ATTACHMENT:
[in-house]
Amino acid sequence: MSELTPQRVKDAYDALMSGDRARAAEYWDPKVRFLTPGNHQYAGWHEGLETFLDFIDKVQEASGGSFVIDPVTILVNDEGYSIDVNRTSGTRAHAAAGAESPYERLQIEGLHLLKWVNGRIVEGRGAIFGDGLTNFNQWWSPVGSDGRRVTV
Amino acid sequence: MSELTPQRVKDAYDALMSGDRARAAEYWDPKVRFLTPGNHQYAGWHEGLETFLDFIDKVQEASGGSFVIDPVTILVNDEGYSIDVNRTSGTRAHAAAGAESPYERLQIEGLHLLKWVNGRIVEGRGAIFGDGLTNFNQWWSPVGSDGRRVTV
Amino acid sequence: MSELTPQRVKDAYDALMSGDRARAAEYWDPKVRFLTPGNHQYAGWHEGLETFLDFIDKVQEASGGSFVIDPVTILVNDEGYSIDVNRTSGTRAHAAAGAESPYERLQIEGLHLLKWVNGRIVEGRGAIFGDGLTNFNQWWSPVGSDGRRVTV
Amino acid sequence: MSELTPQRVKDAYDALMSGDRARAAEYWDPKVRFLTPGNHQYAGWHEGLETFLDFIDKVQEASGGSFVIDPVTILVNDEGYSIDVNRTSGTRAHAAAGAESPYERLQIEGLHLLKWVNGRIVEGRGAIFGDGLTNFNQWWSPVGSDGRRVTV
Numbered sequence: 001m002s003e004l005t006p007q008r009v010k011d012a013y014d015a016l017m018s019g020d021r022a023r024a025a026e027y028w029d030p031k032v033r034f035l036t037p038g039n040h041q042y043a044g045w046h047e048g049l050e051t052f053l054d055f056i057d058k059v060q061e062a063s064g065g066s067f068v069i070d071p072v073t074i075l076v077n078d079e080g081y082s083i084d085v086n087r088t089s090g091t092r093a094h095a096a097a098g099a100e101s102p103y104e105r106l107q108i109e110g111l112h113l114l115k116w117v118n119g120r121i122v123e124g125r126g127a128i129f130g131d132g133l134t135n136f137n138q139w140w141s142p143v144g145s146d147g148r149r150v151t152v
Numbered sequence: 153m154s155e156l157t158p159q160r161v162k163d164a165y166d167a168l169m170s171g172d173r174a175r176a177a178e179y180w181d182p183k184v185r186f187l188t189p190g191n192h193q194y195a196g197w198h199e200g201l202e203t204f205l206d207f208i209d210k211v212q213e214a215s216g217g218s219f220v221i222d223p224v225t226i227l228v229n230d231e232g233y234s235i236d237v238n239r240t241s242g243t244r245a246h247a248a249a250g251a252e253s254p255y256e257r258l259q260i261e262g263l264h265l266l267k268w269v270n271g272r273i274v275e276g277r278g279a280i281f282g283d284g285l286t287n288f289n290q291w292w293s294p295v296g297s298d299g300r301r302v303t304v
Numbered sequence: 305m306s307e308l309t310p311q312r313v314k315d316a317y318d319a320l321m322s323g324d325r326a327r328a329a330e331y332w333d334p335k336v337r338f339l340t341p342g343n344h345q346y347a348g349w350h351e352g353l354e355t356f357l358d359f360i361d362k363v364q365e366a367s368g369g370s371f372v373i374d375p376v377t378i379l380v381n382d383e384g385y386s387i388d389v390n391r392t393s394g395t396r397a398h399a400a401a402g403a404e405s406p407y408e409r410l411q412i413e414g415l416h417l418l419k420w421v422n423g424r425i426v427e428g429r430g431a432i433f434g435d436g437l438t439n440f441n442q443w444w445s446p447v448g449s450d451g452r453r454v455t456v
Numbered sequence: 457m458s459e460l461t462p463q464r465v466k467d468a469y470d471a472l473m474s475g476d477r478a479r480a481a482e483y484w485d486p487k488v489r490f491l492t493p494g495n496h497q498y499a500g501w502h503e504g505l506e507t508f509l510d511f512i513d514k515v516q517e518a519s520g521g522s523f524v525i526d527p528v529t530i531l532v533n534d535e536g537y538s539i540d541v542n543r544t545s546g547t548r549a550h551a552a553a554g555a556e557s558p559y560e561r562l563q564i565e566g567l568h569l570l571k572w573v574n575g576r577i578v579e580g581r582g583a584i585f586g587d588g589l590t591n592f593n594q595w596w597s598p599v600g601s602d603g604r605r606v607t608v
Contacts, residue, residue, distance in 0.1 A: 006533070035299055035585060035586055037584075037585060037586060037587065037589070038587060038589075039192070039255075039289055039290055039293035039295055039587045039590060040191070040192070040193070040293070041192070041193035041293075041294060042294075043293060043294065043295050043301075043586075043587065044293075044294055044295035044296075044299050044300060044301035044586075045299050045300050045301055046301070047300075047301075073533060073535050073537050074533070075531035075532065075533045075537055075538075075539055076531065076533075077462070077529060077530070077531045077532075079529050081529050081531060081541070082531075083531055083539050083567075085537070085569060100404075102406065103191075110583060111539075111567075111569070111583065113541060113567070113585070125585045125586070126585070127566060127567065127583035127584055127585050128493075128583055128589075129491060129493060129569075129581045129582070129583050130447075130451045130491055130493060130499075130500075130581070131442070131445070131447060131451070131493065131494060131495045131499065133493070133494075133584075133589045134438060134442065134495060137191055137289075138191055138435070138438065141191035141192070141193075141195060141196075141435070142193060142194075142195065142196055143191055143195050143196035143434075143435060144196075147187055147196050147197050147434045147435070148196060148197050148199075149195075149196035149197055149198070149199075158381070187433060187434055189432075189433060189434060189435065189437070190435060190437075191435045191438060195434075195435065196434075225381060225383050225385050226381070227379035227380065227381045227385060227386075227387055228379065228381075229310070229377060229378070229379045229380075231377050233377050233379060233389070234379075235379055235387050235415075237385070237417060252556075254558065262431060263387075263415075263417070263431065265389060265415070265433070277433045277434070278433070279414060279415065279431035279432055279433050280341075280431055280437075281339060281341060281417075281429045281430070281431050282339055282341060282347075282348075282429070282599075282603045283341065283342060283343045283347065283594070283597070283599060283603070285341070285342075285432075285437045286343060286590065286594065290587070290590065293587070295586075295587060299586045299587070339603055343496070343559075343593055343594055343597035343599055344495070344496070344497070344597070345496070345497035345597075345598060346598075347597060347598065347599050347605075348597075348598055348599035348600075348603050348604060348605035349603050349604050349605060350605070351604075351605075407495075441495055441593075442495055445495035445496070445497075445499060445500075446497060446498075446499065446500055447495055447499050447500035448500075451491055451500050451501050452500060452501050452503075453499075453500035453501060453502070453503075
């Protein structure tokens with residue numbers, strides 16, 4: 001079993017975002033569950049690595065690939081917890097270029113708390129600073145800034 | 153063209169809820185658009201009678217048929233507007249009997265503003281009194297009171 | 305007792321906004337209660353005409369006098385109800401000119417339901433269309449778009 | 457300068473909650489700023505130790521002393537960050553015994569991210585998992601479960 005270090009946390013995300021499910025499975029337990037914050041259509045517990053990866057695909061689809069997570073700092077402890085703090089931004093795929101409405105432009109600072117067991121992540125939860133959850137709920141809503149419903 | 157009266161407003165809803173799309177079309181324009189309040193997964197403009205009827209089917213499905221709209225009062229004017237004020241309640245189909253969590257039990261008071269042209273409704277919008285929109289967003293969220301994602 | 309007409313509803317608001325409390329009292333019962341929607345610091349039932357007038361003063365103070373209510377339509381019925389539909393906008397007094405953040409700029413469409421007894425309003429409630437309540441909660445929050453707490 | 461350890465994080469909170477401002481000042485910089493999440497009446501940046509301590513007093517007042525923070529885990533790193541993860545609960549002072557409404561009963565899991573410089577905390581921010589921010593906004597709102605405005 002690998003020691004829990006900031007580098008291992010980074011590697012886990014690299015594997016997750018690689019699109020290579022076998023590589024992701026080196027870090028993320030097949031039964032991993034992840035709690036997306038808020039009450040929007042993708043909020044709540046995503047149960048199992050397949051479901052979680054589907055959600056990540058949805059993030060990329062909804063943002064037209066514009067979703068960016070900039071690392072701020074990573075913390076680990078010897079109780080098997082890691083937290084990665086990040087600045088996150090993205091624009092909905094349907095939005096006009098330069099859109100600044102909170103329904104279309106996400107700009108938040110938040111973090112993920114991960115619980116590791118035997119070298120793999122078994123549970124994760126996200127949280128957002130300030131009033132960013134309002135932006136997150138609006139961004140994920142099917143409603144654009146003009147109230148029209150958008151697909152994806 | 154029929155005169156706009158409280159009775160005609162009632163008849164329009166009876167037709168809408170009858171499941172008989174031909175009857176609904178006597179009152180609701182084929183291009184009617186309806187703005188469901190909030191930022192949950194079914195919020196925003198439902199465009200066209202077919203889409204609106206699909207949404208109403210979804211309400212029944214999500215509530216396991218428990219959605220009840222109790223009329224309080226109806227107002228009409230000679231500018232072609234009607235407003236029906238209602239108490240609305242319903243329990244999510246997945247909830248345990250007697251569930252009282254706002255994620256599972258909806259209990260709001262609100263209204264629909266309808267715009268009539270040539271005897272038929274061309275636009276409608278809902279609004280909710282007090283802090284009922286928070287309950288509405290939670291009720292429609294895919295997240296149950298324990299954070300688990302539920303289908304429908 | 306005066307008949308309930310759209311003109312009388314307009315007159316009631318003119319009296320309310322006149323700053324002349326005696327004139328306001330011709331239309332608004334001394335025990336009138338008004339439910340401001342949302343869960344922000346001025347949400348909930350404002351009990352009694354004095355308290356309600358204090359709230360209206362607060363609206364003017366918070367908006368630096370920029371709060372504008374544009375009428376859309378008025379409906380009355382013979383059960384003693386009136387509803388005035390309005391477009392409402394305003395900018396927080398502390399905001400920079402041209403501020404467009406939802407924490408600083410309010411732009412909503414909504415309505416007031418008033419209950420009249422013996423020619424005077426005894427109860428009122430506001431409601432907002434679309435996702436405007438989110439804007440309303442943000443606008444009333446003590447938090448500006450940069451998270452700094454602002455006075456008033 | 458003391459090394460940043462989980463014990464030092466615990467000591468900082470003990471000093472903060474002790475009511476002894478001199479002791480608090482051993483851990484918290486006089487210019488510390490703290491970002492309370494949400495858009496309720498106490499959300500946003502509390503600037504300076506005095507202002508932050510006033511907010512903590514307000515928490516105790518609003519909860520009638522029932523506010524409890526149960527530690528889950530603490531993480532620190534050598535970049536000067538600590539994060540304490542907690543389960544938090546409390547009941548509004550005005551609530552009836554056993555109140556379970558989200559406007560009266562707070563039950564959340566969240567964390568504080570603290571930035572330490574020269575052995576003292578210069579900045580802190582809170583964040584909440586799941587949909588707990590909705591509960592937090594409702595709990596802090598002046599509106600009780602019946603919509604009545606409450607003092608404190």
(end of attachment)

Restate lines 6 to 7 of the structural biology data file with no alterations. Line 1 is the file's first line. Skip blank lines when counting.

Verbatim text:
Numbered sequence: 001m002s003e004l005t006p007q008r009v010k011d012a013y014d015a016l017m018s019g020d021r022a023r024a025a026e027y028w029d030p031k032v033r034f035l036t037p038g039n040h041q042y043a044g045w046h047e048g049l050e051t052f053l054d055f056i057d058k059v060q061e062a063s064g065g066s067f068v069i070d071p072v073t074i075l076v077n078d079e080g081y082s083i084d085v086n087r088t089s090g091t092r093a094h095a096a097a098g099a100e101s102p103y104e105r106l107q108i109e110g111l112h113l114l115k116w117v118n119g120r121i122v123e124g125r126g127a128i129f130g131d132g133l134t135n136f137n138q139w140w141s142p143v144g145s146d147g148r149r150v151t152v
Numbered sequence: 153m154s155e156l157t158p159q160r161v162k163d164a165y166d167a168l169m170s171g172d173r174a175r176a177a178e179y180w181d182p183k184v185r186f187l188t189p190g191n192h193q194y195a196g197w198h199e200g201l202e203t204f205l206d207f208i209d210k211v212q213e214a215s216g217g218s219f220v221i222d223p224v225t226i227l228v229n230d231e232g233y234s235i236d237v238n239r240t241s242g243t244r245a246h247a248a249a250g251a252e253s254p255y256e257r258l259q260i261e262g263l264h265l266l267k268w269v270n271g272r273i274v275e276g277r278g279a280i281f282g283d284g285l286t287n288f289n290q291w292w293s294p295v296g297s298d299g300r301r302v303t304v